Public Eye (South Africa)

Residents use social media to clear the clutter and help others

- Shorné Bennie

There is a growing trend of people using social media to not only clear the clutter but to also find worthy homes for unwanted household goods.

Howick resident Luce Clarke has been encouragin­g people to clear out their cupboards, storerooms and garages of unused goods and make a difference to others at the same time. She recently encouraged fellow Howick residents on the Howick Buzz SA social media group to join her in the campaign.

Her post read “With the season of giving, what is the one thing you need but cannot afford it right now. Maybe you have it and don’t need it.”

Having seen a similar post on another group, Clarke was inspired to champion the project closer to home.

“I love helping people. It is in my personalit­y that I love to help others. I even have a business called “Always Happy To Help”. This is where I do house or pet sitting. I saw a post on another group, requesting people to give away items they do not need, to those in need, and I thought to myself, this was a great concept to help spread," said Clarke.

She is also now encouragin­g people to take part in a bartering group that helps exchange unwanted items for needful things.

“I also started a bartering group in which people bring in things which they do not need and exchange it for something else. That group is still growing but it is really interestin­g to see the types of things people need. “We often take things for granted when in fact there are people who are actually in need of the items we no longer need. By networking on social media we can help people clear their lives of clutter and help people acquire the things they really need," added Clarke.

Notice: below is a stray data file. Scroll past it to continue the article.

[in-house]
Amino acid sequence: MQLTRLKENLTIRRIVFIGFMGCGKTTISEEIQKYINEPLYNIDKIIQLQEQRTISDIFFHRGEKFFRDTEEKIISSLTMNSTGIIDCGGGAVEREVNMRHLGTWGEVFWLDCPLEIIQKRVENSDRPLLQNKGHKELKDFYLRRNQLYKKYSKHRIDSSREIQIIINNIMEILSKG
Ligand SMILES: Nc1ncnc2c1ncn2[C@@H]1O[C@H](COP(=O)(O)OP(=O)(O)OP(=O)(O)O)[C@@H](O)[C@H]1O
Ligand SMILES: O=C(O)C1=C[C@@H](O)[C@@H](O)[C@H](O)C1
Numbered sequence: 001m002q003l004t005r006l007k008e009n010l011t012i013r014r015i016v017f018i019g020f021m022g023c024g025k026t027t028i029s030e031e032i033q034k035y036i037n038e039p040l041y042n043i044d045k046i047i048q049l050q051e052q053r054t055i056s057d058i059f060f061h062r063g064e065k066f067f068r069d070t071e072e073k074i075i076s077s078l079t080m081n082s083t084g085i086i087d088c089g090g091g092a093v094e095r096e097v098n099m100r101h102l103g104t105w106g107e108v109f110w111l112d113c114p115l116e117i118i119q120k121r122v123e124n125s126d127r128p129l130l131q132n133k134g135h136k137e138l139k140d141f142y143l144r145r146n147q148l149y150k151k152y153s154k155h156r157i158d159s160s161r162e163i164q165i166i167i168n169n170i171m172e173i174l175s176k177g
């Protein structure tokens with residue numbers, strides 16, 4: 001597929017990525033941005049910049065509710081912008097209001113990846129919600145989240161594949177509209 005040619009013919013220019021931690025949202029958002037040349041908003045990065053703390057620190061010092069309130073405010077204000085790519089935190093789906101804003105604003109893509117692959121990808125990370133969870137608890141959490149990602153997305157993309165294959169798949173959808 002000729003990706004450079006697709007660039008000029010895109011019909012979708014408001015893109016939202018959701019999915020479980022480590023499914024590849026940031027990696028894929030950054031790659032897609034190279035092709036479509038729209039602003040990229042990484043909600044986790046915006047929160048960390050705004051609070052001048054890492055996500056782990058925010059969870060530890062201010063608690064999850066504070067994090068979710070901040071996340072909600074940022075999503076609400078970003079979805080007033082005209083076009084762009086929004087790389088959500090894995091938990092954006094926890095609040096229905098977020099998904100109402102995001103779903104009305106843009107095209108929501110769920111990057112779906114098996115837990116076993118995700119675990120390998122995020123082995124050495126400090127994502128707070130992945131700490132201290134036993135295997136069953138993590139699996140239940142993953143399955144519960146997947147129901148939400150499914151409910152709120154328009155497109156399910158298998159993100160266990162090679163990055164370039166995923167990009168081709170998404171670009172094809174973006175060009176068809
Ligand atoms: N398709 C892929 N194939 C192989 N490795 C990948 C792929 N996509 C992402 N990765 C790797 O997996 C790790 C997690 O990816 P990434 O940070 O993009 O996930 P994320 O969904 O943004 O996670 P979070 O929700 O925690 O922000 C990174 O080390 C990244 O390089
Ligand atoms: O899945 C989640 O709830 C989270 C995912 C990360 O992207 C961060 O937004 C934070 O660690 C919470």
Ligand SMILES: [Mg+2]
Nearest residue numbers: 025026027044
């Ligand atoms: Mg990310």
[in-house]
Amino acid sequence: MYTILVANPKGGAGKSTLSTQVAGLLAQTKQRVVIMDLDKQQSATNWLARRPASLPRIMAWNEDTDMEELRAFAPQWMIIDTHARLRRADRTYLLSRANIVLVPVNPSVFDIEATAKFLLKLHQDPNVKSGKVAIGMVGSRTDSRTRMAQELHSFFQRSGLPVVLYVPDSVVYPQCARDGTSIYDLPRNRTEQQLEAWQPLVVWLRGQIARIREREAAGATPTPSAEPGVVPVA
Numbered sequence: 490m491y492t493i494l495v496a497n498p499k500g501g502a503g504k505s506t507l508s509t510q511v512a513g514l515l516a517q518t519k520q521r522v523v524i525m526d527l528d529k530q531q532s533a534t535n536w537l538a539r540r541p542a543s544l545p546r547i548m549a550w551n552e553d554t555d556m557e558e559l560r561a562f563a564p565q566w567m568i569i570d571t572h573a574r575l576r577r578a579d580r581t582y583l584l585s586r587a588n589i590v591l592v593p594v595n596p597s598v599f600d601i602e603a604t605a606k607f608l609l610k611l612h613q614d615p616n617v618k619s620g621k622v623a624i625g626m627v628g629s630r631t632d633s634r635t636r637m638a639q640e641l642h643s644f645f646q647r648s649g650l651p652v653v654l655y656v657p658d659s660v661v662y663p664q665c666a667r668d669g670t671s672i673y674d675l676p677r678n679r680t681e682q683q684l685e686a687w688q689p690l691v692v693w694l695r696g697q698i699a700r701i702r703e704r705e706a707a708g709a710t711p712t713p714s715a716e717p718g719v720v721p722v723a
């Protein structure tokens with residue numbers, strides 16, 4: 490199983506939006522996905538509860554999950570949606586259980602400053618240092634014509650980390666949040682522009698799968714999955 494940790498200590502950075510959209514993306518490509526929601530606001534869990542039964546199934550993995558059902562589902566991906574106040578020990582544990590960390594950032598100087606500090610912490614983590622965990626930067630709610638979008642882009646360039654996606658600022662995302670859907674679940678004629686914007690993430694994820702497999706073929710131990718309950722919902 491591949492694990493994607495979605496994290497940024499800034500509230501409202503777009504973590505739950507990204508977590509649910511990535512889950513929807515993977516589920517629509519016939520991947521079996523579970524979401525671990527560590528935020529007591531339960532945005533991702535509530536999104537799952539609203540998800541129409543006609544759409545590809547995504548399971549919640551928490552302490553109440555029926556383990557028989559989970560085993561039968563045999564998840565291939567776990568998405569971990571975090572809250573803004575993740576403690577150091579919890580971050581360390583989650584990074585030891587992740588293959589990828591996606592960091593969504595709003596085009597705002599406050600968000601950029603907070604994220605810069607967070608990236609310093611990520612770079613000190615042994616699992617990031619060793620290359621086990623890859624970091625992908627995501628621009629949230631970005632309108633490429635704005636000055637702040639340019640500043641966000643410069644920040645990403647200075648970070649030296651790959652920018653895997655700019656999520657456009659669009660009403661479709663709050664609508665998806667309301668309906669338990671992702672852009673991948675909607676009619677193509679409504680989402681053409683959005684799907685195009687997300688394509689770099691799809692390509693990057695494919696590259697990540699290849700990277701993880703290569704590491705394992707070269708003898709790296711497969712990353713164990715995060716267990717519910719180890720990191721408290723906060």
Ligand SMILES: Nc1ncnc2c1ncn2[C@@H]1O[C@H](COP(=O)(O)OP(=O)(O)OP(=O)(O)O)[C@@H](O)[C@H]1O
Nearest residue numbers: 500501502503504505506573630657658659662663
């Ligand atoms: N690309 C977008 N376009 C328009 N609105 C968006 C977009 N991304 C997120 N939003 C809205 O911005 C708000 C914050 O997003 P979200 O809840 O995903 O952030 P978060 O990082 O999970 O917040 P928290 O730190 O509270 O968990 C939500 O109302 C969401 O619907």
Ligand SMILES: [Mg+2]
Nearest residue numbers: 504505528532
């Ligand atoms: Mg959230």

Miriam Nyamande said the networking exercise helped her find a camera for her son. “My son is a college student and he has been trying to find ways to earn extra money.

“He wants to do photograph­y. I managed to get a camera from the group. I am very thankful for it and very thankful for the group. Now he can make some pocket money with photograph­y,” said Nyamande.

Judging by the activity on the group it appears the concept has taken off with all sorts of goods being given away or exchanged. Narika Singh said she was excited to get a baby pram that she needed for her child. Once Singh received the pram, she was inspired to give away what she no longer needed.

“I needed a pram and then I got a response from a kind lady who said I could have it for free.

“The pram was in such a good condition and as a result it inspired me to pay her kind act forward, so I gave away a rocking chair and a camp cot that I was no longer using. I’m really thankful for the pram that I got. The idea was very beneficial to people as everyone networked and people got things that they needed,” said Singh.

 ?? ??
 ?? ??

Newspapers in English

Newspapers from South Africa